‘Shrek the Musical’ at E.J. Thomas Hall features Northeast Ohio actress

By Kerry Clawson
Beacon Journal staff writer

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Freak Flag with Tony Johnson as Pinocchio in Shrek the Musical. (LvR/paparazzibyappointment)

Dragon and Donkey may just be one of the most mismatched couples in musical theater history.

But, boy, are they smitten with each other in Shrek the Musical, which will stomp into town Tuesday and Wednesday at the University of Akron’s E.J. Thomas Hall.

In this irreverently funny musical, based on William Steig’s book as well as the DreamWorks animated film, Dragon, like Princess Fiona, has lived as a shut-in for way too many years in a castle. When this pink-and-purple female monstrosity sets her sights on the diminutive, incessantly blabby Donkey, she lets loose her amorous intentions.

“The first time I see him, I’m in love with him,” said actress Courtney Daniels, who plays the voice of the dragon on the current national tour. Jeremy Gaston is the donkey. “She [Dragon] doesn’t get many visitors and she attached onto that one.”

Daniels, who hails from Pepper Pike and is a 2008 Orange High School graduate, does her work offstage speaking as the dragon as four puppeteers manipulate the magnificent, rhinestoned creature, which takes up the whole stage. The actress closely watches a monitor, which is split into four boxes so she can see the Dragon puppet, two angles for the orchestra conductor as well as the whole stage.

She works with an earpiece and can hang out in her robe with a cup of tea as she performs the big Dragon number Forever. It’s a soulful, uptempo, R&B number that brings out a wide range of emotions and has Daniels doing vocal inflections including laughing, screaming and sobbing.

“It’s fun. I can be as free as I want backstage with the microphone,” Daniels said.

The actress described this big number, written by Jeanine Tesori, as a spoof of the powerhouse tune And I Am Telling You I Am Not Going from Dreamgirls.

“She’s a diva, I tell ya,” Daniels chuckled during a Dec. 18 phone interview. “She’s gorgeous. People just love to see the dragon.”

Daniels, 22, grew up performing at Stagecrafters community theater at Orange High School. She was born in Bermuda and moved from the island to the Cleveland suburb at age 11.

“I saw snow for the first time when I was 11 and I didn’t know how to even react,” Daniels said.

As a youngster, she focused on plays and dark comedies, never anticipating she would have a future in musical theater. Her parents raised her watching MGM movies, and Judy Garland was her idol.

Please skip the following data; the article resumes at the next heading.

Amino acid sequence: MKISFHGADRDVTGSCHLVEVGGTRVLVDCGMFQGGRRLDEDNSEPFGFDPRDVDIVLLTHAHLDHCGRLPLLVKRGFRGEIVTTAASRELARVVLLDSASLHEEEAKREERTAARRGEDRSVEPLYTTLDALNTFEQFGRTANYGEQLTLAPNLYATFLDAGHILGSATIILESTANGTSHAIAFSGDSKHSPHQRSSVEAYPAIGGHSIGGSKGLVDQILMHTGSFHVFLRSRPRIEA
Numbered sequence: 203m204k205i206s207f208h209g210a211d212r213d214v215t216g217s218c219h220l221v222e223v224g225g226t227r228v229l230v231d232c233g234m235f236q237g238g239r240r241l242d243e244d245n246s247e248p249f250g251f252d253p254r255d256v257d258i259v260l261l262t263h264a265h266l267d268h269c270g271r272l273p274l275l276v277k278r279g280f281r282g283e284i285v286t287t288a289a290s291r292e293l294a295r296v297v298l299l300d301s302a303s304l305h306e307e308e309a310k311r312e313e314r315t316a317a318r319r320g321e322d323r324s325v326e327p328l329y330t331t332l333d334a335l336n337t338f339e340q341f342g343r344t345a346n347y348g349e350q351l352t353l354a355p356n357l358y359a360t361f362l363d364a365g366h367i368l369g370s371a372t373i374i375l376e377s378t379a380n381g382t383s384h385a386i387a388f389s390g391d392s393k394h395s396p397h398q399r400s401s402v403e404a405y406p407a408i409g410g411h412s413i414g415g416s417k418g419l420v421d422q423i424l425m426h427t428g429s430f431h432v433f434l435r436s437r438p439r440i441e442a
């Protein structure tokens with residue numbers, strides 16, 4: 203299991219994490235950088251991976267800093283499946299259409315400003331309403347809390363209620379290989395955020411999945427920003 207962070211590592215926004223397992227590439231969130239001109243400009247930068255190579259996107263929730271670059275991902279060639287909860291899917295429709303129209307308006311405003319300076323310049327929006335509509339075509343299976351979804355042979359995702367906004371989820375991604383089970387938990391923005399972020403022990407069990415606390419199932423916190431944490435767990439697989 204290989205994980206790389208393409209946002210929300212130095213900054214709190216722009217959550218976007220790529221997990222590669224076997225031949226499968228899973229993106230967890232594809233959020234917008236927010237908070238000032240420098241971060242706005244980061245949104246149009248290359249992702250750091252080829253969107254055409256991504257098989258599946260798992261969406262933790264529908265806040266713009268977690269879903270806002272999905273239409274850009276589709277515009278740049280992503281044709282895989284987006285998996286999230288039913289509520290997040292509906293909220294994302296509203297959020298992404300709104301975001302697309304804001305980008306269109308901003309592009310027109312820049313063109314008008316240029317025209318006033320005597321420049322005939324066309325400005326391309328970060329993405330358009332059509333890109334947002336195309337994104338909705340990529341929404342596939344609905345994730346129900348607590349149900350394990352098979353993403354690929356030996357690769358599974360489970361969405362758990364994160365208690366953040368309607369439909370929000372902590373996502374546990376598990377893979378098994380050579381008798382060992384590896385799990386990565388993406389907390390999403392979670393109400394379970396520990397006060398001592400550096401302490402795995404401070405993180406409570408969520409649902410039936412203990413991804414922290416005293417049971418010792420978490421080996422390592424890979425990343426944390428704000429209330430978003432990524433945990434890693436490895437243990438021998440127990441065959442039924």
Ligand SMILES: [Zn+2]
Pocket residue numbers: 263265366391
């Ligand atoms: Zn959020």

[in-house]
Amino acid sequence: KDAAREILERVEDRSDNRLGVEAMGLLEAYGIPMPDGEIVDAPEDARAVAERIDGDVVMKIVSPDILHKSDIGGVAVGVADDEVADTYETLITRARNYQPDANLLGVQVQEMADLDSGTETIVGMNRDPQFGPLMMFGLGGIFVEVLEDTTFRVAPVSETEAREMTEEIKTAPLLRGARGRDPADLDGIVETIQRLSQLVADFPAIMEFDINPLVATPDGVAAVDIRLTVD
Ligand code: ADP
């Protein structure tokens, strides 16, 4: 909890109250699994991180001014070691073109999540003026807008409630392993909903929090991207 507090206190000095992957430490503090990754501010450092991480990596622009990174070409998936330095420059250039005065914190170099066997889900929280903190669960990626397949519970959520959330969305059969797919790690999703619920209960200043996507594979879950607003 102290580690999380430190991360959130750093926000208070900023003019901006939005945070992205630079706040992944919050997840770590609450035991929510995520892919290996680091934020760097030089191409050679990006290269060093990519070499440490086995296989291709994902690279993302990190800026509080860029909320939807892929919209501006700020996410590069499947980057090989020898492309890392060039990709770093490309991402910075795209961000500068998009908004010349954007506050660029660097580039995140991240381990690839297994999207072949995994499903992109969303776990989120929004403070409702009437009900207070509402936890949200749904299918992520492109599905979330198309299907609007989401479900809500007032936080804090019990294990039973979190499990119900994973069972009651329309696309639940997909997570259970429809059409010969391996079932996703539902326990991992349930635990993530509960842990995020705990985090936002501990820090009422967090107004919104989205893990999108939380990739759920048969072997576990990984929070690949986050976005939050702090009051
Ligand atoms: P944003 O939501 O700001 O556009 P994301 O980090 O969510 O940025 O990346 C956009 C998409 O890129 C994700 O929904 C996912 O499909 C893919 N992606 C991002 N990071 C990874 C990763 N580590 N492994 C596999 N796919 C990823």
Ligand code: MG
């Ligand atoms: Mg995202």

“I sang in church but that was about it,” said the actress, who has an alto belting voice.

She didn’t seriously explore singing until age 18, when she auditioned for the American Musical Dramatic Academy in New York for straight theater and was told she’d be a great fit for the school’s musical theater program.

Daniels, who has worked on Disney Cruise Lines as well as in the development of the musical Disenchanted, a twist on Disney princesses, took four years to finish her two-year conservatory program because she was working professionally so much. She auditioned last April for Shrek and joined the international tour in June, performing in Shanghai and Malaysia for nearly six weeks.

She was cast as a replacement for Dragon, Mama Bear and Mama Ogre, and had only six hours of rehearsal to get the parts under her belt before flying to Malaysia to perform.

“Everyone was supportive onstage and everyone helped me through it,” said Daniels, who described the experience as the biggest challenge in her life.

Playing two other roles onstage keeps Daniels on her toes. As Mama Ogre, she kicks little Shrek out of the house, sending him into the cruel world at age 7 during the tune Big Bright Beautiful World. As Mama Bear, she helps mobilize all the misfit fairy tale characters to reclaim their swamp by starting out the song Freak Flag.

“It kinda keeps the show new and fun and fresh when you play different characters,” said Daniels, who must make a lightning-quick change from Mama Ogre to Mama Bear.

First she must use grease that’s preset on two towels to wipe the green ogre makeup off her face. Three dressers help her, one taking her ogre dress off, another taking her ogre wig off and putting her Mama Bear wig on, and a third helping her into her new Mama Bear dress.

“It definitely makes me a better performer so I can handle a lot,” Daniels said of her one-minute change. “Anybody can do them [quick changes]. You just have to stay calm. You just let them do the work for you.”

The costumes, Broadway originals designed by Tim Hatley, are heavy with beautiful fabric, Daniels said. Her Mama Bear getup includes a wig with earpieces, a prosthetic nose, glasses, and a huge costume with bloomers, fur legs, bear feet and claws.

“She’s a big one: She’s a linebacker, I must say,” Daniels said of Mama Bear, who is nevertheless nimble on her feet. “The weight of it makes the comedy of her.”

Daniels said her mother will see her in the non-Equity tour Shrek for the first time next week in Akron, as will a group of about 50 Northeast Ohio friends and family members.

The actress loves writer David Lindsay-Abaire’s dark comedies, and this time she gets to bring his smart humor to life in a high-energy musical that kids and adults can enjoy on different levels. The show’s vibrant costumes alone make kids light up, Daniels said.

“Just come on by if you want to laugh and enjoy some great contemporary music,” promised the actress, whom audiences will recognize as a human with a very special dragon accessory in the show’s finale.

Arts writer Kerry Clawson may be reached at 330-996-3527 or kclawson@thebeaconjournal.com.

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